Geelani’s Autobiography

Sara Wani reviews the first volume of Syed Ali Geelani‘s autobiography, Wular Kinaray

Syed Ali Geelani
Syed Ali Geelani

Syed Ali Geelani’s autobiography Wular Kinaray (On the banks of Wular) is a story of a cute boy with dainty feet who walked 18 kilometres every day to seek knowledge. Often night moon accompanied him, leading him through darkness to his home, to the open arms of his anxiously waiting mother, ready to serve him super of black salt tea and a fistful of rice powder. Nothing seems to have dampened his passion for knowledge – neither his abject poverty nor tortuous and uneven path to the world of knowledge.

This little boy with angelic beauty sought and got what he deserved.

His parents yearning for a successful future for their beloved boy made them to send him away, as far away as Lahore, exposing most learned of men, the great historian Mohammad ud Fauq his insensitivity, selfishness and his failure to keep promise. The description of a 12-year-olds stay at Lahore as domestic help in the house of Fauq’s daughter pains a sensitive heart.

This boy’s another visit and four year stay at Lahore as a free soul groomed him for a role he was destined to play in future and which even his association with Maulana Mohammad Sayeed Masoodi, his patron and benefactor, his interaction with socialists could not change. The boy now a young adult, an educated employed man chose the ideology his heart and soul warmed up to.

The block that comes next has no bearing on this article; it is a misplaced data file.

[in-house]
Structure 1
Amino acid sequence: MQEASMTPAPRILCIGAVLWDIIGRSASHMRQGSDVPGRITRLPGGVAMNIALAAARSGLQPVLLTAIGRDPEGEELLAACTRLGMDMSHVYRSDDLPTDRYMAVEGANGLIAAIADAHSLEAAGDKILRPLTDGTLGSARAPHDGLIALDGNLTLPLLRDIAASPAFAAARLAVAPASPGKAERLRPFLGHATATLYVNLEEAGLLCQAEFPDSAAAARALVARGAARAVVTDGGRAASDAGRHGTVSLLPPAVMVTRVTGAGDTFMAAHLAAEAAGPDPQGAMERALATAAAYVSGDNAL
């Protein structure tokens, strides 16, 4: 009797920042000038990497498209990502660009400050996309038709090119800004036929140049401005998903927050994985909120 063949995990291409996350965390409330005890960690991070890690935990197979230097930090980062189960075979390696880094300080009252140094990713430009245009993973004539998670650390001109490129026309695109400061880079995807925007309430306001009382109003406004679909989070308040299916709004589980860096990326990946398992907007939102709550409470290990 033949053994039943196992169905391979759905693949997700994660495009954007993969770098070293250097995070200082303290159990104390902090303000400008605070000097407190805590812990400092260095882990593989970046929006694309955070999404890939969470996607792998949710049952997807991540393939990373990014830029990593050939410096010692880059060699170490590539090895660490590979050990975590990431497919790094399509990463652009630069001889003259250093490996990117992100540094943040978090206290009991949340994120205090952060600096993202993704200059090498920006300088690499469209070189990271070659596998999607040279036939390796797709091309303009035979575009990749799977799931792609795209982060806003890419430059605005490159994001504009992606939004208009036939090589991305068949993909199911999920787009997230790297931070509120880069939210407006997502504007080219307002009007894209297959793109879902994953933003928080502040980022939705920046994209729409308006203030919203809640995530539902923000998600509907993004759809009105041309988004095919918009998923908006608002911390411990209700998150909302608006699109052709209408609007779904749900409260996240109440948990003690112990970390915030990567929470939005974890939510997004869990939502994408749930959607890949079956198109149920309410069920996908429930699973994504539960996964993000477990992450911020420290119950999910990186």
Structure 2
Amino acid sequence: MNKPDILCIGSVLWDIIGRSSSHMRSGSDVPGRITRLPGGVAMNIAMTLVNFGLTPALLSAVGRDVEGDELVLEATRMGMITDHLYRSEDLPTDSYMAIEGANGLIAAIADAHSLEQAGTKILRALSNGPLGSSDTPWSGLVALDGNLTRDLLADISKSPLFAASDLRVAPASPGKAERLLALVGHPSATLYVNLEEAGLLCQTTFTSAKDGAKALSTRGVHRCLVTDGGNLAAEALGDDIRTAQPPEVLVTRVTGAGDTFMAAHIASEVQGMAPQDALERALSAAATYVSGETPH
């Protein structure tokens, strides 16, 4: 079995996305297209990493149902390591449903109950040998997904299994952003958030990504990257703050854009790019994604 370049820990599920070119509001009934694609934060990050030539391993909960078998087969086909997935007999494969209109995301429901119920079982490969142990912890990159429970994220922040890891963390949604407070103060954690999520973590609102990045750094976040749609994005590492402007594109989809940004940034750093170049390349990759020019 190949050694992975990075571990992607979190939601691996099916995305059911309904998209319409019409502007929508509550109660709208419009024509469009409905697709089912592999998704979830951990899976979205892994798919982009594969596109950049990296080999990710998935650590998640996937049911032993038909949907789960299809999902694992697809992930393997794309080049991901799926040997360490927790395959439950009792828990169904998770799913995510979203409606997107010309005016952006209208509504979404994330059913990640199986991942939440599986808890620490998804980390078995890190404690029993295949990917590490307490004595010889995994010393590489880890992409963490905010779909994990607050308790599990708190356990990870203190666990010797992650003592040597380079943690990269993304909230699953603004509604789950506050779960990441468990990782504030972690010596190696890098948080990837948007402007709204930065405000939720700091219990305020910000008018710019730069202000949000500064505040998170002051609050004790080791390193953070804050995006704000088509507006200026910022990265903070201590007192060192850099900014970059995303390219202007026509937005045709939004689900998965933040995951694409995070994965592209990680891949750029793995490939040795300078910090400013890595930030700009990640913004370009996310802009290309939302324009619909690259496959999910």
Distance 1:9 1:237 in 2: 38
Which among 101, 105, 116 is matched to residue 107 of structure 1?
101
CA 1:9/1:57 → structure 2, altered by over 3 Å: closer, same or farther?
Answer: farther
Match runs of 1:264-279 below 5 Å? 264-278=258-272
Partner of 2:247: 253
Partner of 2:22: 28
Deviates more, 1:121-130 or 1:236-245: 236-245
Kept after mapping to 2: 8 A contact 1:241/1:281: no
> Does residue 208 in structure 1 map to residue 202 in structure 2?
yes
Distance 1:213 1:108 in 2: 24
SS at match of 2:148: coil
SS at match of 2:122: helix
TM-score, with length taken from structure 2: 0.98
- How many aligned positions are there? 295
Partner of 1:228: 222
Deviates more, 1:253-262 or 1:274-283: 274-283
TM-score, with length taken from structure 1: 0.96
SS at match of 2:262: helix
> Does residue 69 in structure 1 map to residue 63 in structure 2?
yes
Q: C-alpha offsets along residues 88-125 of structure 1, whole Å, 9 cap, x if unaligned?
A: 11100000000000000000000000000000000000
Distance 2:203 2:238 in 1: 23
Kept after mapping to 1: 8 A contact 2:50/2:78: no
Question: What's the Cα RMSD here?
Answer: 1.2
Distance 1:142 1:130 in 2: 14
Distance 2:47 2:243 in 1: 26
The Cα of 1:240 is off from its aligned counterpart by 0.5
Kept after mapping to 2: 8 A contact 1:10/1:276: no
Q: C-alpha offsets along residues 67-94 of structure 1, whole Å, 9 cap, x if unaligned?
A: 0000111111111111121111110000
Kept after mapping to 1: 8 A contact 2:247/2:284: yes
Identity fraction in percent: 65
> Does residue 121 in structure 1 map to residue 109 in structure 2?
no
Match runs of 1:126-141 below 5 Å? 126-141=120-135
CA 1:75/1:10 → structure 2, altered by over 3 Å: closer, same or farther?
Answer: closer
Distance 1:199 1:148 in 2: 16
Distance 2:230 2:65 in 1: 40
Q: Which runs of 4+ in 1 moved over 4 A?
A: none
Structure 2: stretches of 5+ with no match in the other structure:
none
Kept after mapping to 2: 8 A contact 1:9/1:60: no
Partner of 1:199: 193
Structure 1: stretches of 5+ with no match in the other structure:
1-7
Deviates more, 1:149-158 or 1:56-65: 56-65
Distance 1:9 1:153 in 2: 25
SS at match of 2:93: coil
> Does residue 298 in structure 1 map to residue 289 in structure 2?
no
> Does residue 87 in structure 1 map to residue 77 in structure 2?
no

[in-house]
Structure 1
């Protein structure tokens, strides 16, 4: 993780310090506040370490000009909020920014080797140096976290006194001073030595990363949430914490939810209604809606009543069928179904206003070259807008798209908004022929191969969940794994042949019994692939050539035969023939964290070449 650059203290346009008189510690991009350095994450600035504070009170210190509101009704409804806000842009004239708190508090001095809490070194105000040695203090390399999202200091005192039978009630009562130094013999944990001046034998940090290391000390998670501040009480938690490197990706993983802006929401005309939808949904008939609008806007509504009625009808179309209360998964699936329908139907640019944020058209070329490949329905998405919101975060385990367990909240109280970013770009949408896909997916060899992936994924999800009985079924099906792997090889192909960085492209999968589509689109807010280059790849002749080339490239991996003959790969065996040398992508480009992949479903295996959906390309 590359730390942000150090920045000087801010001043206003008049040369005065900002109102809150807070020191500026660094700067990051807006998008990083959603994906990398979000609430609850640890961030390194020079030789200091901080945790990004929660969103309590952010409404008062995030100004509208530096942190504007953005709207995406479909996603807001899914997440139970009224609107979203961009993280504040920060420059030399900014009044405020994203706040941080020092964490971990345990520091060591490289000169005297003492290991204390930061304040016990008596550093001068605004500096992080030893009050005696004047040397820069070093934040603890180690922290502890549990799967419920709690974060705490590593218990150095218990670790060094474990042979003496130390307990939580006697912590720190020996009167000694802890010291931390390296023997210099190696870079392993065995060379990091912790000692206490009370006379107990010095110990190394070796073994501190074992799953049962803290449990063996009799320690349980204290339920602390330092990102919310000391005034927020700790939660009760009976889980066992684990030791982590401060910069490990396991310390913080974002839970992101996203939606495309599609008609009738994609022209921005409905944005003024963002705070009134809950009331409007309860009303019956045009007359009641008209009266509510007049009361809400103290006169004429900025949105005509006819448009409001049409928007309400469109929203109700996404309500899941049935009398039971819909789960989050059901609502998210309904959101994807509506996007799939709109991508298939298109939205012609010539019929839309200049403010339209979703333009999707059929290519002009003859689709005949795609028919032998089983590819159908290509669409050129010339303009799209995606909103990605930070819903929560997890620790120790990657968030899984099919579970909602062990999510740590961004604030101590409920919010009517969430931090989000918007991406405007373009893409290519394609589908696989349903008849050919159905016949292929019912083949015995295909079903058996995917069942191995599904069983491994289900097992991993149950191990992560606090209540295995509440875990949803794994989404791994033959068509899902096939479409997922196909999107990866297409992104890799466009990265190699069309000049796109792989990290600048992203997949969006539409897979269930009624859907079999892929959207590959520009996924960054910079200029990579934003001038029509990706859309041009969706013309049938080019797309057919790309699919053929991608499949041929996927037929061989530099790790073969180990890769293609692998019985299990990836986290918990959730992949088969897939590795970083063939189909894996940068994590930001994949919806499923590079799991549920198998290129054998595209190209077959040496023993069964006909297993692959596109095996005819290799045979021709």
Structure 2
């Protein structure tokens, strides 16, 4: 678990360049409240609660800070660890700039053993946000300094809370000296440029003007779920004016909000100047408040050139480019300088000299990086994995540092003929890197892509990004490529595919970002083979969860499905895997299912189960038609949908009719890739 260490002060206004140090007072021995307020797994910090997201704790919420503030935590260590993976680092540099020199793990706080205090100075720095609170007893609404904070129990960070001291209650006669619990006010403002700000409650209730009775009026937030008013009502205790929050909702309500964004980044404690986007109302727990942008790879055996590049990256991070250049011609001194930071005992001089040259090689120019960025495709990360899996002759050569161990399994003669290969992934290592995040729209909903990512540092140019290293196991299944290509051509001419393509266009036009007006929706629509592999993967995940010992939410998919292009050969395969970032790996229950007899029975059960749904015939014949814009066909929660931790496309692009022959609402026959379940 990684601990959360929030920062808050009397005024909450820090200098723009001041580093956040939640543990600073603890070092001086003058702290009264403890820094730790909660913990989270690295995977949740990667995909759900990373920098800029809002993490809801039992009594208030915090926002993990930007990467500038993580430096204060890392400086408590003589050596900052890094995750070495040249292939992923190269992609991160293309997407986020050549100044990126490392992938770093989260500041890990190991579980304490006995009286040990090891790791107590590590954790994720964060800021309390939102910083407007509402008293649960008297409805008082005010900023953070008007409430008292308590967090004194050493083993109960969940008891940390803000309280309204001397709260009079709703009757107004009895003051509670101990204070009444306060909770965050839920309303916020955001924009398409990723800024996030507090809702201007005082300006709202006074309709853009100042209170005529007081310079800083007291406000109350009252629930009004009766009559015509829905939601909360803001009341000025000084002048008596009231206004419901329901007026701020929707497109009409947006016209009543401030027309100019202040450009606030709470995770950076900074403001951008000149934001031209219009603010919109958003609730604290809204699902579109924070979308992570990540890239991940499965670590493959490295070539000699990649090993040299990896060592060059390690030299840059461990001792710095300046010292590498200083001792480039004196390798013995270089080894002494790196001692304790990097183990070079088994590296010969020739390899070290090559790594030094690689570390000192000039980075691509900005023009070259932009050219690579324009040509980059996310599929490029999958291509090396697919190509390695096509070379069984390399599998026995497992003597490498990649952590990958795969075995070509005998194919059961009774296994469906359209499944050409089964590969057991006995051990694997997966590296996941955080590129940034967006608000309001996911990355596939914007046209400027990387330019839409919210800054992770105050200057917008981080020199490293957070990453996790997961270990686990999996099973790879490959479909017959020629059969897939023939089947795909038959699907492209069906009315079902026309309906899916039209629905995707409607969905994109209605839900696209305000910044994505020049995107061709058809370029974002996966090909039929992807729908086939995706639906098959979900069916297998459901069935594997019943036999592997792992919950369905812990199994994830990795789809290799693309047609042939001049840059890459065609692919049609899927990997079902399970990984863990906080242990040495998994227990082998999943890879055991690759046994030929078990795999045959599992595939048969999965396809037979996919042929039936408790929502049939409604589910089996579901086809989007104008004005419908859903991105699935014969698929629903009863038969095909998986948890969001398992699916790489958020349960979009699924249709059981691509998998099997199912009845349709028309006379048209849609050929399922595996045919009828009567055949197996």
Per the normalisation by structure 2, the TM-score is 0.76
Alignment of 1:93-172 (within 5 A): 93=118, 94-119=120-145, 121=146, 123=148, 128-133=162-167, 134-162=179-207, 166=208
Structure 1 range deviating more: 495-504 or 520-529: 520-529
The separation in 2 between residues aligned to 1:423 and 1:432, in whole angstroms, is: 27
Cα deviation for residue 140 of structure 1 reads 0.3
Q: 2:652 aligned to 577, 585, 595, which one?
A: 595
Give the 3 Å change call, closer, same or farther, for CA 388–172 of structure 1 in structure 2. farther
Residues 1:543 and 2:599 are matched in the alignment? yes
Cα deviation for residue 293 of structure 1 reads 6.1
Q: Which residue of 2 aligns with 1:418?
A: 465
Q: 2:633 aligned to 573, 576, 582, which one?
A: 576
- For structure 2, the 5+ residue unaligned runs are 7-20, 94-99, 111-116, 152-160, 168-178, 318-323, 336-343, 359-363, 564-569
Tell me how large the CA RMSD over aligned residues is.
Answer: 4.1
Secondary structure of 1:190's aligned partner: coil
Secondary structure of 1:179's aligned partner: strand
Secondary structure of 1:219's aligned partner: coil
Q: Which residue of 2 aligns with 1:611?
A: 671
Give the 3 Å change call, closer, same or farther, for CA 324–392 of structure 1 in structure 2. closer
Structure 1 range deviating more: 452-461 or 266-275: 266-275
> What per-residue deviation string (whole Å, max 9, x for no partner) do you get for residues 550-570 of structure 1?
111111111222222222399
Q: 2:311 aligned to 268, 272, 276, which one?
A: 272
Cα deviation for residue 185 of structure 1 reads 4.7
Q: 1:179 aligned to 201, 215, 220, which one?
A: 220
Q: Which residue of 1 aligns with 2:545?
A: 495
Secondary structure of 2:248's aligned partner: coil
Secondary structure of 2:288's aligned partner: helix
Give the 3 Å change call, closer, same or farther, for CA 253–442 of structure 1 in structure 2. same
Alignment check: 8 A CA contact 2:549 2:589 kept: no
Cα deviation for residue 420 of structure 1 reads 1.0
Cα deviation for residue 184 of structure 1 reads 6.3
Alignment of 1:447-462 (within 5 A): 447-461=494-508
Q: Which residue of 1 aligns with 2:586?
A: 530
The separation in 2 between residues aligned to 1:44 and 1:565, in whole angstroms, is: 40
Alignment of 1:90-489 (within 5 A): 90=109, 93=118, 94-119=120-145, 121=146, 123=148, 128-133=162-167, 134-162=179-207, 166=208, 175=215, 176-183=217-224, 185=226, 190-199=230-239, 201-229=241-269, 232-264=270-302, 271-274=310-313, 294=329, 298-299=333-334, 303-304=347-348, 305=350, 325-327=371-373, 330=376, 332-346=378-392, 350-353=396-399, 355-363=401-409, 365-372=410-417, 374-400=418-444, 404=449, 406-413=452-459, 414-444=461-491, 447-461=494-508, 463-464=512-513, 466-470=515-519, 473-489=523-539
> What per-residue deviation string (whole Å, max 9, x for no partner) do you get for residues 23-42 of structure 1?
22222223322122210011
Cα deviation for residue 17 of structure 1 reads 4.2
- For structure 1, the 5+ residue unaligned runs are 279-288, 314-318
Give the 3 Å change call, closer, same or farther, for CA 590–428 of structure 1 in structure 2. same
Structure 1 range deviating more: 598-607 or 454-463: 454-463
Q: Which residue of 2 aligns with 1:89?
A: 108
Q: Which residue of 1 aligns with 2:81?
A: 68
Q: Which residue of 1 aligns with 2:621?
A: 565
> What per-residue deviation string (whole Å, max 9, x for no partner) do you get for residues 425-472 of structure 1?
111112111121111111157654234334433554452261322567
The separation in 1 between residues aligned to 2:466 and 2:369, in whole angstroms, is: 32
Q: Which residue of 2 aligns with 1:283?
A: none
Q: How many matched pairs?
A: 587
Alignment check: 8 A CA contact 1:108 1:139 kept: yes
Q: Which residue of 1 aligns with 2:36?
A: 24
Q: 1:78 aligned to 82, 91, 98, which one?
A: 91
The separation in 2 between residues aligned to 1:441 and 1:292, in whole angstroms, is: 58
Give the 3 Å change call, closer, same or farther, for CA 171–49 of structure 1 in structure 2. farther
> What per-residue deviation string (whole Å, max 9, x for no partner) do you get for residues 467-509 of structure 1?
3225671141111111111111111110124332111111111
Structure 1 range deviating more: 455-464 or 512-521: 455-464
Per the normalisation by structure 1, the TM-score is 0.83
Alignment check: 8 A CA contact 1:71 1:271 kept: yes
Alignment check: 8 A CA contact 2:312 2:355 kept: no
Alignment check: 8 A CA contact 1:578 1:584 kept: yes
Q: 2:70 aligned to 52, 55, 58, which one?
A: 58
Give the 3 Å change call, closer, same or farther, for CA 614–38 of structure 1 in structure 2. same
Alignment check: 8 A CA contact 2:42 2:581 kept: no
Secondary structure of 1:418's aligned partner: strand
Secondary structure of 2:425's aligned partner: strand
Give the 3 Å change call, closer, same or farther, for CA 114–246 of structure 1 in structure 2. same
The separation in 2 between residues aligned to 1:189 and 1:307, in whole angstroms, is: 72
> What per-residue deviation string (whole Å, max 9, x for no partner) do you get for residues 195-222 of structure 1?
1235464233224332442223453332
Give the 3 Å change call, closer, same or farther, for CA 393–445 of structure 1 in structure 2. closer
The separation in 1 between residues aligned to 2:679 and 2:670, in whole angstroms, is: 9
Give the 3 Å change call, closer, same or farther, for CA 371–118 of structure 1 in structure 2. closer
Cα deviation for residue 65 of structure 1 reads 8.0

Neither concessions nor urge for power and perks made this young man to change his path. Going through the pages of Wular Kinaray we come across a struggler, who is perhaps still struggling – this time for the people, he says, who want to lead to a life of dignity and peace. The book gives us some intimate details of his life.

It gives a picture of a perfect family man, a loving and responsible son, husband and father, who always struggled to give a better life to his family. It is an insight into the life of an organiser, a leader led by a conviction and a casteist obsessively protective of his lineage despite his faith in inna akramukum inda llahi atkakum.

A grateful person, Geelani all along revered Maoulana Masoodi throughout the first volume of his autobiography.

This struggler gives us detailed account of his activities as a Jamaat-i- Islami activist and leader, the blood and sweat shed by him in this path. His contribution to spread the ‘movement’ in north and south of this vale, his triumphs, failures, personal losses, and the sacrifices he offered willingly for a cause so close to his hear.

This volume seems just an appetizer for the major part of his career that actually started in 1971. It will be the next volume that will offer the firsthand account of the controversies that surrounded the man who is considered the last reference point of the separatist struggle. Bon App?tit.

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